Instead it proves to be something of a Brit flick. Floppily handsome David Leon plays playwright Robin who offers Diana a place in his lodgings as she moves to London to follow in her actress mother’s footsteps but finds herself overwhelmed by the demands of the theatre world. As she steadies herself, she finds both allies – Julia McKenzie’s compassionate landlady, Andrew Lincoln’s helpful Christopher – and enemies – her own nefarious cousin Garstin, Leo Bill in full-on sneering mode, and Mark Umbers’ sexually voracious and unfussy Douglas. With Huston’s glamorous patron of the arts Lottie Osgood in the middle of them all, the play edges ever closer to production, but at no small cost to everyone concerned. Continue reading “DVD Review: These Foolish Things”
“But what have they knighted you for?”
Accolade, a 1950 play by Emlyn Williams, is receiving its first ever revival here at the Finborough as part of their RediscoveriesUK season. Considered a controversial play at the time due to its unashamedly frank approach to sexuality, it will hardly seem risqué to modern audiences but as it is a rather tightly-constructed drama filled with suspense and given an excellent production here with Blanche McIntyre directing, one can’t help but wonder how on earth it has taken so long to get this back on the stage!
Set in London in 1950, Will Trenting is a novelist who has received notification that he is to be knighted and fully embraced into respectable society. But his scandalous novels have been born out of the double life that he has been leading and the attention that comes with this accolade being awarded to him exposes his predilection for drunken orgies in the East End with partners of all ages. Just before his date with Buckingham Palace though, a shocking charge is made and the fallout threatens his carefully balanced mix of family life and wilful hedonism. Continue reading “Review: Accolade, Finborough Theatre”
“I am sure that I have always thought of Christmas time, when it has come round, as a good time”
With its first ever in-house festive production, Wilton’s Music Hall have spent most of the month celebrating Wilton’s Vintage Christmas, a show put together and directed by Nick Hutchinson. To capture the most Christmassy spirit possible at one of my most favourite, truly atmospheric London venues, our trip took place to the last show of the run, as close to the day as we could make it and, as it turned out, on as snowy a day as you’ll ever see in London town!
Taking the form of a Victorian variety show, hosted by John Wilton himself (played by the Archers’ Graham Seed), with poetry and drama recitals alongside carols and music hall songs taking us throughout an authentically old-fashioned Christmas of the past, present and yet-to-come, from the perspective of the Victorians of course, performed by a company of seven in beautiful-looking velvets, tweeds and period-heavy detail. The evening was a nice blend, so bawdy numbers like the saucy reveals in ‘When I Take My Promenade’, deliciously performed by Lottie Latham and Vince Leigh’s sozzled sing-along through Champagne Charlie were counterpointed by a beautifully moving account by Owen Pugh of the Christmas Day Truce on the battlefields of WWI, attributed to Private Frederick Heath, a striking reminder of a bygone time that is sadly gone now.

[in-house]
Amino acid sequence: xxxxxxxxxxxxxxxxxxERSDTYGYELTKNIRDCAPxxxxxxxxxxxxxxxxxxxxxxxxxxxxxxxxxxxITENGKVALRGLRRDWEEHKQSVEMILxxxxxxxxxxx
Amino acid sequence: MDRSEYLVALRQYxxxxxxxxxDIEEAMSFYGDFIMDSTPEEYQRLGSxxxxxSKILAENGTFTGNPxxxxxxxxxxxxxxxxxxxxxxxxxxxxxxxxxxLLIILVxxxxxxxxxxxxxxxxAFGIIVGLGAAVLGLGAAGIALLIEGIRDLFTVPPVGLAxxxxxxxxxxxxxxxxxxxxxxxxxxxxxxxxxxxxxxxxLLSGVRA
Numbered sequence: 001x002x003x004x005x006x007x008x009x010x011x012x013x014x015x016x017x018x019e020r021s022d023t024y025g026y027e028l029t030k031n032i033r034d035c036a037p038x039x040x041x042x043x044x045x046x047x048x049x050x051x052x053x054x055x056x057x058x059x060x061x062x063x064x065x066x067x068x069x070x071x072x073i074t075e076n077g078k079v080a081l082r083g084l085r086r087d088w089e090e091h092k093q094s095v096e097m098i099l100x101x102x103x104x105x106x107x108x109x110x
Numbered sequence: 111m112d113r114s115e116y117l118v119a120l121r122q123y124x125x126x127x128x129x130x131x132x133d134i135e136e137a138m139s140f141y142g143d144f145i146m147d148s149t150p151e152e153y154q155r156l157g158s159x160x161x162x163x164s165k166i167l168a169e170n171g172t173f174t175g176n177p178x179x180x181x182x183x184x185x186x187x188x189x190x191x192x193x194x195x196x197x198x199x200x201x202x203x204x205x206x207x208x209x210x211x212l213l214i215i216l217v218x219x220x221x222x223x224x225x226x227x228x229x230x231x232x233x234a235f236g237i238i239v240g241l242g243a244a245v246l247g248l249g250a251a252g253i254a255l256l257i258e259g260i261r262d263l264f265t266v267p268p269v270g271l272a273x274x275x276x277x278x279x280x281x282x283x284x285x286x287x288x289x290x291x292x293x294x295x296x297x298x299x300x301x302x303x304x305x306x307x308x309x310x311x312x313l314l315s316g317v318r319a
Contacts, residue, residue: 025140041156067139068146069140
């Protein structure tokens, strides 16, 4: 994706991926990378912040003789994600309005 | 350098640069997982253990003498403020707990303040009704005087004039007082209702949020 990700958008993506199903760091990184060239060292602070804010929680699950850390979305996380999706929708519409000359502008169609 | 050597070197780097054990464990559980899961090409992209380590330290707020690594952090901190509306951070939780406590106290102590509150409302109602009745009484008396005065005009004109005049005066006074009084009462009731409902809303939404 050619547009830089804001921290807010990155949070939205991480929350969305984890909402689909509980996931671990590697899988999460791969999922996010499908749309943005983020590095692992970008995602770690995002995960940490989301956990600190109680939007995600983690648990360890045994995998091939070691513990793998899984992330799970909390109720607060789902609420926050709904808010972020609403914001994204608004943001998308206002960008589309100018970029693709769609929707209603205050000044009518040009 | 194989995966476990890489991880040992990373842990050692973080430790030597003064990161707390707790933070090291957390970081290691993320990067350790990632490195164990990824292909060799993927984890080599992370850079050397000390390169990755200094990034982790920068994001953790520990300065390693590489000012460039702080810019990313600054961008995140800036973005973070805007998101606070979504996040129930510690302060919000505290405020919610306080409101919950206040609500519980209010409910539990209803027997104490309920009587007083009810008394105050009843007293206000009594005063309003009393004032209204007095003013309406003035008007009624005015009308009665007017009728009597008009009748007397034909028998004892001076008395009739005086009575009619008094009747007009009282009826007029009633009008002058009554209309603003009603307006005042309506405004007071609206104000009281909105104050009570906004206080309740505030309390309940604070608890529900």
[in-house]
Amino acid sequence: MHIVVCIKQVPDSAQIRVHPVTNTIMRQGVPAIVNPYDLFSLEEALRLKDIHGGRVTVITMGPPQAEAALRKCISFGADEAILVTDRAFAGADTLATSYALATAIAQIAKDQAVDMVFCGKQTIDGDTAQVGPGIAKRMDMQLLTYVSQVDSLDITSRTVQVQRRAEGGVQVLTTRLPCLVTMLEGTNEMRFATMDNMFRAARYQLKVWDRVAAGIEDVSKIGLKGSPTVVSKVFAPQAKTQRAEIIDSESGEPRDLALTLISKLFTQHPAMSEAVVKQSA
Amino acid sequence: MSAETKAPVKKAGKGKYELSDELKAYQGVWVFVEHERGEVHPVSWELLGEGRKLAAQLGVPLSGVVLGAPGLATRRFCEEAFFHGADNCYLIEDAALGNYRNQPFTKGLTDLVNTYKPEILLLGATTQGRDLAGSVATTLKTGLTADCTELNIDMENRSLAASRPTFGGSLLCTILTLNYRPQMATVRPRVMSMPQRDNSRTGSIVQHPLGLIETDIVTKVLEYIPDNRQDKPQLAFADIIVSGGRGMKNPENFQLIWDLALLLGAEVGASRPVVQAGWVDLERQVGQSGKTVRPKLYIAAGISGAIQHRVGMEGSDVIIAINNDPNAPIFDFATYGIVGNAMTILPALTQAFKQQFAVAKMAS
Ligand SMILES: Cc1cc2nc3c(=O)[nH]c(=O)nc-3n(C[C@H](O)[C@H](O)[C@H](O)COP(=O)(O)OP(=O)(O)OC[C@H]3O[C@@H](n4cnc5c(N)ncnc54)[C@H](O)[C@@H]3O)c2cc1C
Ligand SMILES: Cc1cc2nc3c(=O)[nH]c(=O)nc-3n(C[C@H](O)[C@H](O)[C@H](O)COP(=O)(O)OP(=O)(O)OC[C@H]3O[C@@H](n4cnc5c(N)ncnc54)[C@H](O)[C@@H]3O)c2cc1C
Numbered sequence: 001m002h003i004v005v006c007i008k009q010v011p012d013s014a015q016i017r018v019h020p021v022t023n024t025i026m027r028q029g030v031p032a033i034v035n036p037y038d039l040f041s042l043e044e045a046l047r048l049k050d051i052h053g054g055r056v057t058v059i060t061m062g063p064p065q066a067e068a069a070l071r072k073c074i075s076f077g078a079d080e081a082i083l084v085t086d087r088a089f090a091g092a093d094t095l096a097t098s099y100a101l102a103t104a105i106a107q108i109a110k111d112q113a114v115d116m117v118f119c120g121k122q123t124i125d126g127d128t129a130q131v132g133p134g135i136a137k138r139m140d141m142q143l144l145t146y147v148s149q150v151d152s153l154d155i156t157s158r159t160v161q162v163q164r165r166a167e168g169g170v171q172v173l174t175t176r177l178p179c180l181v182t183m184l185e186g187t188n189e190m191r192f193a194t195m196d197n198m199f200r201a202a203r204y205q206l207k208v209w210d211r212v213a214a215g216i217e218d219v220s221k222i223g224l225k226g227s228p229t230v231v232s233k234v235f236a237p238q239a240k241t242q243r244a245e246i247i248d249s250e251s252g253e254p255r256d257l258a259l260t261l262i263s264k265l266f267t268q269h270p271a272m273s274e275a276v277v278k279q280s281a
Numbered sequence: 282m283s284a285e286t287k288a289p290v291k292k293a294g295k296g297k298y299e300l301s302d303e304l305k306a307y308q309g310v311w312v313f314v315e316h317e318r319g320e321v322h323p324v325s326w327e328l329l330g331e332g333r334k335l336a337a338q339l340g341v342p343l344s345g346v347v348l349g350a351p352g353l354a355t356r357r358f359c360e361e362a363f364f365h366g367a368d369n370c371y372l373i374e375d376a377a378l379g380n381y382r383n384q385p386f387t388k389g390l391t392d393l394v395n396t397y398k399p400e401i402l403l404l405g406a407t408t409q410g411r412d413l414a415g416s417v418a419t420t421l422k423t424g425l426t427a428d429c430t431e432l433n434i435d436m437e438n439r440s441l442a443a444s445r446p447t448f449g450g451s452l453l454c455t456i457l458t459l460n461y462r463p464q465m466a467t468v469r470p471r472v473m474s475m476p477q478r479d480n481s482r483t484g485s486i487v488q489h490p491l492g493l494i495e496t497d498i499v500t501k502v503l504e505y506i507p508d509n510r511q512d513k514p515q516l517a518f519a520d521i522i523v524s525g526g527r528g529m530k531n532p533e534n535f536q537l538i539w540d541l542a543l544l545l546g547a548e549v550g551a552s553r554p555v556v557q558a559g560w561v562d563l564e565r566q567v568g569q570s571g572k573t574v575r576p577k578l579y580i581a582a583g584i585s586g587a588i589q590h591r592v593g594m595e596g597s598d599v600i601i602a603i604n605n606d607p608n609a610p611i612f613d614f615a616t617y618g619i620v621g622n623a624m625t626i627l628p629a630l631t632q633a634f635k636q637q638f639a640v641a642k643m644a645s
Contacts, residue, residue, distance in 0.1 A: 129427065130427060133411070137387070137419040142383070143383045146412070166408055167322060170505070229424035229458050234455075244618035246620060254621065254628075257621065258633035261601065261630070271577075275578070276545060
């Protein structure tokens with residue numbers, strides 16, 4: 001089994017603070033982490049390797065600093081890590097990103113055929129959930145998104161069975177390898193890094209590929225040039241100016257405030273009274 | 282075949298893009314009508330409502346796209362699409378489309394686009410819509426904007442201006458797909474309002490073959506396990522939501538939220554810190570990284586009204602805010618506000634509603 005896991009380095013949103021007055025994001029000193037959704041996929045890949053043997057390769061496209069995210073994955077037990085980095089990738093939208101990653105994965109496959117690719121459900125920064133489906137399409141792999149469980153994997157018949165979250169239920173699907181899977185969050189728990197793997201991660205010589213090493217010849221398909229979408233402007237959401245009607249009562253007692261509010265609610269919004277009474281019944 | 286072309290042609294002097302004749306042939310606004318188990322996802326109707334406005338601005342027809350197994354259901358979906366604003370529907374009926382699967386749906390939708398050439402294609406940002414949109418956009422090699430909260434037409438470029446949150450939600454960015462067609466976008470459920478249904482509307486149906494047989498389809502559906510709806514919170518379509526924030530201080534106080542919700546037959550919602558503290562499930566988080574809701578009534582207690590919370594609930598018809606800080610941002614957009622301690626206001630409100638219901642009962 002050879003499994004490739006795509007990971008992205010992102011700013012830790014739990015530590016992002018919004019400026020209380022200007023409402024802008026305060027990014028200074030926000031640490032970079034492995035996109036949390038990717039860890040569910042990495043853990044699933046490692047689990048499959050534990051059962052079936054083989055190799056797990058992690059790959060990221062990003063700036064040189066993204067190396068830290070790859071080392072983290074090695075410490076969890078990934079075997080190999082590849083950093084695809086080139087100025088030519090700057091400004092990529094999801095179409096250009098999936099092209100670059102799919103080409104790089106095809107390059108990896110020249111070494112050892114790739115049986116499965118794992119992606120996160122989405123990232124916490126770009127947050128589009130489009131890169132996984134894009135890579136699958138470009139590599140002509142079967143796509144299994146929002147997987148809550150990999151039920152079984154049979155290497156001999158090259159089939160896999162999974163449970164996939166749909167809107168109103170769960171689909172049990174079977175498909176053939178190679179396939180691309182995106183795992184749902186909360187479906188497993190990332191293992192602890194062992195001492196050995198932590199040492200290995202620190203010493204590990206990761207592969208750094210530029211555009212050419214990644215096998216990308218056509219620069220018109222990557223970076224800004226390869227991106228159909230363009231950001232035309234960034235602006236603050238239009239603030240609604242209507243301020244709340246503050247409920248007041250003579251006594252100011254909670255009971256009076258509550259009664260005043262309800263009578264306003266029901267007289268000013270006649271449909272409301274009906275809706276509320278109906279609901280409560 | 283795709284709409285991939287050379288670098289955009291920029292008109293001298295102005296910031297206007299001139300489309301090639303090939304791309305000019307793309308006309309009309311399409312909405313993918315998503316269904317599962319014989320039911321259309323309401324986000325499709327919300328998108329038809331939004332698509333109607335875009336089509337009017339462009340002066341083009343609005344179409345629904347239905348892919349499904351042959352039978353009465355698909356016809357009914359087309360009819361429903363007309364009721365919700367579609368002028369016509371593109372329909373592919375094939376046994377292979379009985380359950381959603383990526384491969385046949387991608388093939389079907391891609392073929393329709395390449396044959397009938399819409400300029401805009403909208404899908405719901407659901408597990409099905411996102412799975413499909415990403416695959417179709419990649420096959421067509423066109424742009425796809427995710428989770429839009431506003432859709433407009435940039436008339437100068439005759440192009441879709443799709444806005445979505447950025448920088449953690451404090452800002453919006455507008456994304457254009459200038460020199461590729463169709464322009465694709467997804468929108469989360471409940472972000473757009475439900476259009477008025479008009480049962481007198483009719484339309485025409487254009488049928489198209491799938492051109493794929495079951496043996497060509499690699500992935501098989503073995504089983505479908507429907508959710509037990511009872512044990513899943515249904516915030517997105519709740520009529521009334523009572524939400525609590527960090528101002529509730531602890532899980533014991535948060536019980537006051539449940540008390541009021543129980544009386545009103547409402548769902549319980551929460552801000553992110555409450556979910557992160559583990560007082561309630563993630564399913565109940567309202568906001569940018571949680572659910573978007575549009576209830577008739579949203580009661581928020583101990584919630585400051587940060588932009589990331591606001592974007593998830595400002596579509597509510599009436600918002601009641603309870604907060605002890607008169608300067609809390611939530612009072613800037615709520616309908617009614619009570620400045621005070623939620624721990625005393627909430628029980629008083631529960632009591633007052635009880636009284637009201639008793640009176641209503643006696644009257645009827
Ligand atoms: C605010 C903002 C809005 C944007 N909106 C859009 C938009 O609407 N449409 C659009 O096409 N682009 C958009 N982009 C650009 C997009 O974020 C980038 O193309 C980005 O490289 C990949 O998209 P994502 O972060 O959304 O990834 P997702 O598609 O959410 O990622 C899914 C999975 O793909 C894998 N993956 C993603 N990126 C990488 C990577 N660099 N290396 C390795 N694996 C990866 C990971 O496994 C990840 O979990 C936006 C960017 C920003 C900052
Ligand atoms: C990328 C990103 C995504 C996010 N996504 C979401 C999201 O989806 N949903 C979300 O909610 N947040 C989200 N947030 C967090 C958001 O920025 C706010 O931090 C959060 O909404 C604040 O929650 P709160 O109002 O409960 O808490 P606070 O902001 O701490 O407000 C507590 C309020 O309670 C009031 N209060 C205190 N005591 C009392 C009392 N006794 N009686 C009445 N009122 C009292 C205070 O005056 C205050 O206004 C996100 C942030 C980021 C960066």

There was a more reflective note to the contemporary section with a nod to the social history of the time and in particular this specific area of East London, the utter poverty of which was written about and exposed to society at large for the first time by Henry Mayhew, of whom current Director of Wilton’s Frances Mayhew is a direct descendant. So monologues like Water Cress Girl and Crossing Sweeper sat next to some of the bleaker passages from Dickens’ work, rooting the show in the reality of the diversity of society which still persists today: Christmas isn’t always the jolliest time of year for everyone, especially in tight financial times.
But there was also the light-hearted too with excerpts of prose from the likes of Noël Coward, Dylan Thomas and TS Eliot and a comic poem I hadn’t heard of before which was lovely, The Boy Who Laughed At Santa Claus by Ogden Nash. And no matter how many times you hear it, the redemptive power of the Christmas spirit that finally sways Ebenezer Scrooge is a wonderful thing to behold and combined with the gorgeous reveal of a ginormous Christmas tree at the back of the stage, the final sing-along to carols with cups of mulled wine made for a pleasing ending to a mixed evening of mixed entertainment.
Running time: 90 minutes (without interval)
Programme cost: £2
Booking until 18th December